To Renew Floating Tapers.-Having saved a sufficient quantity of old bottoms belonging to tapers that have been used, wipe them clean one by one, and spread them out on a sheet of coarse paper. Melt some white wax, and take some of the very finest or smallest white cotton cord, such as is scarcely thicker than a coarse thread. Having melted the wax, dip the cord into it while hot, so as to cover it completely with a coating of the liquid. Then dry it in the open air, and when quite dry and stiff, cut it into pieces of equal size, about an inch in length, and put them through the holes of the old taper-bottoms, leaving a little bit beneath or on the under side to be turned up, and pressed hard against the wood with your finger, so as to stick fast and secure the wick from slipping out. Put the tapers into a box, and keep them for use.AN ECONOMICAL HOUSEKEEPER.

To brush Clothes.-Have a wooden horse to put the clothes on, and a small cane to beat the dust out of them; also a board or table long enough for them to be put their whole length when brushing them. Have two brushes, one a hard bristle, the other soft; use the hardest for the great coats, and for the others when spotted with dirt. Fine cloth coats should never be brushed with too hard a brush; this will take off the nap, and make them look bare in a little time. Be careful in the choice of the cane; do not have it too large, and be particular not to hit it too hard; be careful also not to hit the buttons, for it will scratch, if not break them; therefore a small hand-whip is the best to beat with. If a coat be wet, and spotted with dirt, let it be quite dry before brushing it: then rub out the spots with the hands, taking care not to rumple it in so doing. If it want beating, do it as before directed; then put the coat at its full length on a board; let the collar be towards the left hand, and the brush in the right: brush the back of the collar first, between the two shoulders next, and then the sleeves, &c., observing to brush the cloth the same way that the nap goes, which is towards the skirt of the coat. When both sides are properly done, fold them together; then brush the inside, and last of all the collar.-W. CHRISTOPHER.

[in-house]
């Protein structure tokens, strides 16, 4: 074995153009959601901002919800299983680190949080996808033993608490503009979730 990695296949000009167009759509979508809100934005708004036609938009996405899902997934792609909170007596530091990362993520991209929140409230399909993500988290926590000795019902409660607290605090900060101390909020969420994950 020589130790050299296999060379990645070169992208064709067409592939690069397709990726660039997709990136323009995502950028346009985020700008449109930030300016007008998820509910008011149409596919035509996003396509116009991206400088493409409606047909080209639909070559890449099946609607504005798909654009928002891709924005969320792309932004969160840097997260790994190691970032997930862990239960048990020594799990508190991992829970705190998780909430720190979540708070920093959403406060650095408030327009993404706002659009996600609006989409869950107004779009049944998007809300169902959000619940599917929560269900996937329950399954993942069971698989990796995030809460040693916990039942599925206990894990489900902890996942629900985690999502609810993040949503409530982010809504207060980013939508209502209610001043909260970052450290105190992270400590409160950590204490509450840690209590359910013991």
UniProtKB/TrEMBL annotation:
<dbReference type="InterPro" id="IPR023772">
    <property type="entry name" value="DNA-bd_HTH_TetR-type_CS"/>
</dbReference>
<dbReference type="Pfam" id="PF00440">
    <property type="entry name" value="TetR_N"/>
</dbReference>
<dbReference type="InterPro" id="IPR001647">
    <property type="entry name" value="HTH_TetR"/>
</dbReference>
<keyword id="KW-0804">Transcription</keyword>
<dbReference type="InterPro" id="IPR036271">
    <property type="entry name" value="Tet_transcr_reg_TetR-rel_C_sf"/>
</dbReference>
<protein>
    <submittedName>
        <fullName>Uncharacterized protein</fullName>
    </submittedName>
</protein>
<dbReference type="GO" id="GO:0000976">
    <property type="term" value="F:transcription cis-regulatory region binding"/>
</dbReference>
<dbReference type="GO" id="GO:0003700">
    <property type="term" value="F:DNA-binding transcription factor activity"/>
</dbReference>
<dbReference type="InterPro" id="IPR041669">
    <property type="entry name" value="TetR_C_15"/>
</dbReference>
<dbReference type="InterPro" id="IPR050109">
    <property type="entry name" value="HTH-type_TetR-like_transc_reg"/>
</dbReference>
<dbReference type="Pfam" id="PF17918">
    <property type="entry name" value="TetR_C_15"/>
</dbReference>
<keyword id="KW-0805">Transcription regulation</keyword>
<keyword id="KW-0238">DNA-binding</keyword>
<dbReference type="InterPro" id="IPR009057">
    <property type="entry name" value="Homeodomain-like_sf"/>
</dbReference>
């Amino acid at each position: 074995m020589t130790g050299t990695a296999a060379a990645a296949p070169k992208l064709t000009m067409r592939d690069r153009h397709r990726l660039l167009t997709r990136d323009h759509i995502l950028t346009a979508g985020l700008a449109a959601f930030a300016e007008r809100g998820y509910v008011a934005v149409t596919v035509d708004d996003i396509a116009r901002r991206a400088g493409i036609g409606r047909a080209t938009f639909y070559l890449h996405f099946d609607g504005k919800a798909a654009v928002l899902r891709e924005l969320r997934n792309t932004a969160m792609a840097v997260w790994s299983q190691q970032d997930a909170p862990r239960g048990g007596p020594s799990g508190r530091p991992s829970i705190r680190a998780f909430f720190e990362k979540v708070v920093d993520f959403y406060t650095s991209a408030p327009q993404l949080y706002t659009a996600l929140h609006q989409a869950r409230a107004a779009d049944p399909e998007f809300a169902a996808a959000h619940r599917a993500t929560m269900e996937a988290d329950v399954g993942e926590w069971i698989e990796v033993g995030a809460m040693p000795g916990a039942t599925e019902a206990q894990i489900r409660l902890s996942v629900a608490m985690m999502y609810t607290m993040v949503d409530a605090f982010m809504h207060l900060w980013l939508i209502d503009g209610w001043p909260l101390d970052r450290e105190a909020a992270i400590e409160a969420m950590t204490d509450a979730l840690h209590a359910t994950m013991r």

Put down four nines, so that they shall make one hundred.


Fair, weeping England! thou hast lost a Chief,
Willing, all times, to speed to thy relief:
What worthy son e'er valued mother more,
Than that bright one, now led to Lethe's shore?
Full oft, when world was shaken, did he view
My peril first, while strife exub'rant grew!
He lived in times when my fell second shone,
No more, in England, as a prop to throne:
Then was its service superseded quite,
Where life yet linger'd in the foes of might:
Nevertheless he oft, in the loved wood,
To laud such aidant felt in eager mood!
He never used my whole in his career,
Where bayonet so oft created fear;
Where the well wielded weapon of dragoon,
Glitter'd in fulgence of observant noon!
Yet did he know its services of old;
When morions sported crests of orient gold.
He did remember when the valiant knight
Threw terror thereby thro' the frantic fight:
He knew an instance that a bard did sing,-
Of its creating trust thro' northern king:
Yet he well saw, altho' so fraught with power,
"T would never suit the present alter'd hour!

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Say, joyous riddlers, what am I?
You'll quickly guess if once you try!
For I am often near the breast;
Yet seldom visit the distress'd.
With happy mortals I am found,
And make the hearty laugh go round.
Their joking sure proclaims me near,
From rustic clown to courtly peer: